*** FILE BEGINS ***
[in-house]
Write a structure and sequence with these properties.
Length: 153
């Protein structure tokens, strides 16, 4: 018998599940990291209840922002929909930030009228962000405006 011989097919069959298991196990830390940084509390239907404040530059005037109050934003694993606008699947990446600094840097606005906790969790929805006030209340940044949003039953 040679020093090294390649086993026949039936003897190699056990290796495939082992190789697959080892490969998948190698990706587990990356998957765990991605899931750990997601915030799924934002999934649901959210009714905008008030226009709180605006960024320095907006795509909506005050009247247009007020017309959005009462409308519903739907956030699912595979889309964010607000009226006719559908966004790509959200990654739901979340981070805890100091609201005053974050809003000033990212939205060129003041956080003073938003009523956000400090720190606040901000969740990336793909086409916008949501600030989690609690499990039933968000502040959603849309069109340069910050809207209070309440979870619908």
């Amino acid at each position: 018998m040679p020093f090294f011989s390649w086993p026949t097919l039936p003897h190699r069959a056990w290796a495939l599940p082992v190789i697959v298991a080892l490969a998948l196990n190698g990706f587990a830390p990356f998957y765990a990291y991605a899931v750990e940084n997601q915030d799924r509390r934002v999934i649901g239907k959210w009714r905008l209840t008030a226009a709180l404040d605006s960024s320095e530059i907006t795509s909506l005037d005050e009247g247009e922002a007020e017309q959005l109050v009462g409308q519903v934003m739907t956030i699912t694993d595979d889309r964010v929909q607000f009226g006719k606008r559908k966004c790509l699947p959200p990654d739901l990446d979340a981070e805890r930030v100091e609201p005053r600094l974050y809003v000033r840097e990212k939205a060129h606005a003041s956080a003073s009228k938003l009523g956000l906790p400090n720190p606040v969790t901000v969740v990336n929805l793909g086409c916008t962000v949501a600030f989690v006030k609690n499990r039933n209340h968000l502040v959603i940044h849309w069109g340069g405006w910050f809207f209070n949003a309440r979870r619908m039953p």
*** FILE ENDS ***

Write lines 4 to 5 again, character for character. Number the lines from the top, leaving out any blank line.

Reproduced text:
């Protein structure tokens, strides 16, 4: 018998599940990291209840922002929909930030009228962000405006 011989097919069959298991196990830390940084509390239907404040530059005037109050934003694993606008699947990446600094840097606005906790969790929805006030209340940044949003039953 040679020093090294390649086993026949039936003897190699056990290796495939082992190789697959080892490969998948190698990706587990990356998957765990991605899931750990997601915030799924934002999934649901959210009714905008008030226009709180605006960024320095907006795509909506005050009247247009007020017309959005009462409308519903739907956030699912595979889309964010607000009226006719559908966004790509959200990654739901979340981070805890100091609201005053974050809003000033990212939205060129003041956080003073938003009523956000400090720190606040901000969740990336793909086409916008949501600030989690609690499990039933968000502040959603849309069109340069910050809207209070309440979870619908």
């Amino acid at each position: 018998m040679p020093f090294f011989s390649w086993p026949t097919l039936p003897h190699r069959a056990w290796a495939l599940p082992v190789i697959v298991a080892l490969a998948l196990n190698g990706f587990a830390p990356f998957y765990a990291y991605a899931v750990e940084n997601q915030d799924r509390r934002v999934i649901g239907k959210w009714r905008l209840t008030a226009a709180l404040d605006s960024s320095e530059i907006t795509s909506l005037d005050e009247g247009e922002a007020e017309q959005l109050v009462g409308q519903v934003m739907t956030i699912t694993d595979d889309r964010v929909q607000f009226g006719k606008r559908k966004c790509l699947p959200p990654d739901l990446d979340a981070e805890r930030v100091e609201p005053r600094l974050y809003v000033r840097e990212k939205a060129h606005a003041s956080a003073s009228k938003l009523g956000l906790p400090n720190p606040v969790t901000v969740v990336n929805l793909g086409c916008t962000v949501a600030f989690v006030k609690n499990r039933n209340h968000l502040v959603i940044h849309w069109g340069g405006w910050f809207f209070n949003a309440r979870r619908m039953p």